Anthony Levandowski denies stealing 14,000 files from Google and bringing them to Uber in 2016.
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Anthony Levandowski, the former head of the self-driving car research program at Uber, has been indicted on 33 charges related to stealing secrets from his former employer Waymo, the autonomous driving arm of Google.

Federal prosecutors allege Levandowski downloaded 14,000 files, including circuit board layouts and LiDAR designs, from Google's self-driving vehicle division and stored them on a personal laptop.

Levandowski was arrested last week, is currently out on US$2 million ($3 million) bail, and has been forced to wear a tracking bracelet. Prosecutors argued his wealth and French citizenship made Levandowski a flight risk.

If found guilty Levandowski could face up to 10 years in prison, up to US$8.25 million ($12.2 million) in fines, and could be compelled to restitution.

In 2009 Levandowski and other members of a Stanford university autonomous car project were founding members of Google's self-driving car program, which is now known as Waymo.

Just before he left Google in 2016 Levandowski founded Otto, a new company dedicated to adding self-driving capabilities to semi-trailer trucks.

Later that year Otto was bought by Uber for about US$600 million ($886 million), and Levandowski was made the head of Uber's autonomous vehicle research division.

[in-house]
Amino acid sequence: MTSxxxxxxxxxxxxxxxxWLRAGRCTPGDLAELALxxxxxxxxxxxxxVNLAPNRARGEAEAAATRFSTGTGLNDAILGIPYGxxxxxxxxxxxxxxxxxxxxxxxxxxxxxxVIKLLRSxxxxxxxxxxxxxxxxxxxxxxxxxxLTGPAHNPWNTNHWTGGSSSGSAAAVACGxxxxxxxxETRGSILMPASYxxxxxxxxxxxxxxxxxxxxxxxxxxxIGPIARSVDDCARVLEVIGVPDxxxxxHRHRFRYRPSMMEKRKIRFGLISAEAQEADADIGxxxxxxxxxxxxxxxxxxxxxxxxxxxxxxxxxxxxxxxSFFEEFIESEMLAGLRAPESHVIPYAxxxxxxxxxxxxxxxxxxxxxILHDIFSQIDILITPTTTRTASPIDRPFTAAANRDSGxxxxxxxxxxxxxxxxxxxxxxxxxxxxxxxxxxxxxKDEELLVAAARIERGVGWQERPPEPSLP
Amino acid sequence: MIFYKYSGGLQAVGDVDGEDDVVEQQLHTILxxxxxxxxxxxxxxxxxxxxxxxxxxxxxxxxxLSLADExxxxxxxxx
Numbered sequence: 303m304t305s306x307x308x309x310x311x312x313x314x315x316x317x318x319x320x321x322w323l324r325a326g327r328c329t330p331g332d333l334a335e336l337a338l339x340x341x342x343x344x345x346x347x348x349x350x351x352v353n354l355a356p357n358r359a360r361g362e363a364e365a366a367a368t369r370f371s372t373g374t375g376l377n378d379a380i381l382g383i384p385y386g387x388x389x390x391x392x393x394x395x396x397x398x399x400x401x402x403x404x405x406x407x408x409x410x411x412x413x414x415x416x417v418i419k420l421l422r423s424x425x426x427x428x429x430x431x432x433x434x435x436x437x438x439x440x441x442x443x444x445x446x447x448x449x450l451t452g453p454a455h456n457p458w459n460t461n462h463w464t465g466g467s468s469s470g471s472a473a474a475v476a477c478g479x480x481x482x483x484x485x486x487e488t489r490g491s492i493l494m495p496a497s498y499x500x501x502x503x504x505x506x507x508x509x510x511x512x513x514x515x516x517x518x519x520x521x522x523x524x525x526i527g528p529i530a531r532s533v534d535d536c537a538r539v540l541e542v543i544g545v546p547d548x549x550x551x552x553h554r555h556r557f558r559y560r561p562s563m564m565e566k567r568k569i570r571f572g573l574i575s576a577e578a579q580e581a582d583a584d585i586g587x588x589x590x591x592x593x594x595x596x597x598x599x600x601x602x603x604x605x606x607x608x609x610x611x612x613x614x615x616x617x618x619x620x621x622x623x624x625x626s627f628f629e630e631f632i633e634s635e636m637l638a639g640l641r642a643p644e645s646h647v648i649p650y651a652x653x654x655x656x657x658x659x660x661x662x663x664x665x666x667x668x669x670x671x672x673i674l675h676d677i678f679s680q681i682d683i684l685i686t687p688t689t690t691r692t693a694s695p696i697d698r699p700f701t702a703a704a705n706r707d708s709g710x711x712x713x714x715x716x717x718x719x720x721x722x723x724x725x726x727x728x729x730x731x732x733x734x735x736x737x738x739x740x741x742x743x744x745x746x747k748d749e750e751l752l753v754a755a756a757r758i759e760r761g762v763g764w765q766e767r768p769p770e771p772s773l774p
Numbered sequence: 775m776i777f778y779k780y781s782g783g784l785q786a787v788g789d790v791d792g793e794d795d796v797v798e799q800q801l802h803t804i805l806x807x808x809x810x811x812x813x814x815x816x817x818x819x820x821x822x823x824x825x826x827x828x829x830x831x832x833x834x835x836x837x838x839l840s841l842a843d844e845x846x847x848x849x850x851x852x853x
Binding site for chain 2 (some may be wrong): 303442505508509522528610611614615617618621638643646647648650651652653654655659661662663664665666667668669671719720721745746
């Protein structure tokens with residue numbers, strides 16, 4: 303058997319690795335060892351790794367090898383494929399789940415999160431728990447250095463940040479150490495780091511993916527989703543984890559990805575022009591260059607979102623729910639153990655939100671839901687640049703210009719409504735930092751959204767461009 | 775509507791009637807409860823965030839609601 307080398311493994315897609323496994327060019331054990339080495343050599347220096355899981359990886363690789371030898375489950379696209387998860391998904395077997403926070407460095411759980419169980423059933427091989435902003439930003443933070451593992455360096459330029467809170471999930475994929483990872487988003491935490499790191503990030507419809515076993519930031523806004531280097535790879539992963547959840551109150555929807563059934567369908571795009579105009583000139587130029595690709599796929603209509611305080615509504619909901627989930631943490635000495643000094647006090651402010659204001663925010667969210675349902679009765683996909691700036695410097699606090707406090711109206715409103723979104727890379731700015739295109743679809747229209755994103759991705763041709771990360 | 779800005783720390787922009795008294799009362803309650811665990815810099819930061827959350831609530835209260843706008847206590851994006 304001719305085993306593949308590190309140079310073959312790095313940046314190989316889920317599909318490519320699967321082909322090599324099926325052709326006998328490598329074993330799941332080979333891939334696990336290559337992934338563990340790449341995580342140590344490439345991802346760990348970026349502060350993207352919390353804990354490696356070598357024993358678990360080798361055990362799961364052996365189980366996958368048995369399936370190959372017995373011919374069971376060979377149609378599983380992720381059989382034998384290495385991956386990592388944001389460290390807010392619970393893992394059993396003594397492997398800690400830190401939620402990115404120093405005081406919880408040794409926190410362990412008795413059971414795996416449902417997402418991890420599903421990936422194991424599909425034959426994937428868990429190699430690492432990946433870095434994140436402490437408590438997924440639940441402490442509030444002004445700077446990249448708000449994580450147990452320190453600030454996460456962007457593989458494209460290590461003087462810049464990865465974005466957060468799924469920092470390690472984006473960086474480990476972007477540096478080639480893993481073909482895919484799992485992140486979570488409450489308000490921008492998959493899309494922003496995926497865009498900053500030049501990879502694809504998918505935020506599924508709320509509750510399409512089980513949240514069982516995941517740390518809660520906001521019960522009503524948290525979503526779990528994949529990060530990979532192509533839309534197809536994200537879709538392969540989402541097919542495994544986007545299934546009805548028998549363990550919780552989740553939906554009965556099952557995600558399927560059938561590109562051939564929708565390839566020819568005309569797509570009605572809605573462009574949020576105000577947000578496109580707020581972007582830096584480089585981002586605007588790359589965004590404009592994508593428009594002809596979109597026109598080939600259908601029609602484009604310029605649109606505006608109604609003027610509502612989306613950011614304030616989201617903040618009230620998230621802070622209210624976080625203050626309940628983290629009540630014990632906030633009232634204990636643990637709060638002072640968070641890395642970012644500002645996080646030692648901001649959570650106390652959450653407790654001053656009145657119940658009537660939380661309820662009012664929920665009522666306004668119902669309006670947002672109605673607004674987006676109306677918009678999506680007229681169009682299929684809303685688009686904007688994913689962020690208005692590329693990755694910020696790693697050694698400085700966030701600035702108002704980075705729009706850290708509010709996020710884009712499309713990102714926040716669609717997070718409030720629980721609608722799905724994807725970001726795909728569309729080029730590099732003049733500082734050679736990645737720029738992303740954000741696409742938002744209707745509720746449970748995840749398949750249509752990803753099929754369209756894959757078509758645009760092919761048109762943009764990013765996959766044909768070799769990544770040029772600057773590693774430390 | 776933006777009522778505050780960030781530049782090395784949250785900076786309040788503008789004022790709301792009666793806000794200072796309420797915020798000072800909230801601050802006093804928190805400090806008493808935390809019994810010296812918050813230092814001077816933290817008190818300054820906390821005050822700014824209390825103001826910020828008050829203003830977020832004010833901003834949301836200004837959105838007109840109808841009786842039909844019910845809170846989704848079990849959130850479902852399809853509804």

Google filed a civil claim in 2017 alleging Uber, Levandowski and others stole trade secrets relating to its self-driving vehicle efforts.

Waymo and Uber settled their civil litigation on the matter in 2018 with Google gaining US$245 million ($362 million) of stock in the ride hailing firm. Despite the two companies settling the judge overseeing affair referred the matter to US attorney's office.

The upcoming criminal prosecution could air a lot intriguing facts about the case.

An internal report commissioned by Uber said Otto "harboured trade secrets stolen from a competitor", something current Uber CEO Dara Khosrowshahi has now practically conceded.

In an interview with Bloomberg Khosrowshahi said, "I wasn’t here when we brought Anthony on board but what I do know is that we went to incredible depths to makes sure that any information that Anthony might have acquired from Google - and it sure looked like he did - didn’t make it over to our company".

Many following the case have wondered how much Uber's founder and former CEO Travis Kalanick knew about the matter. Both Kalanick and Levandowski were forced out Uber in 2017 due, partially, to increasing pressure over the court case.

Due to these charges Levandowski has been suspended as the CEO of his latest project Pronto.AI, another firm specialising in autonomous vehicle technology.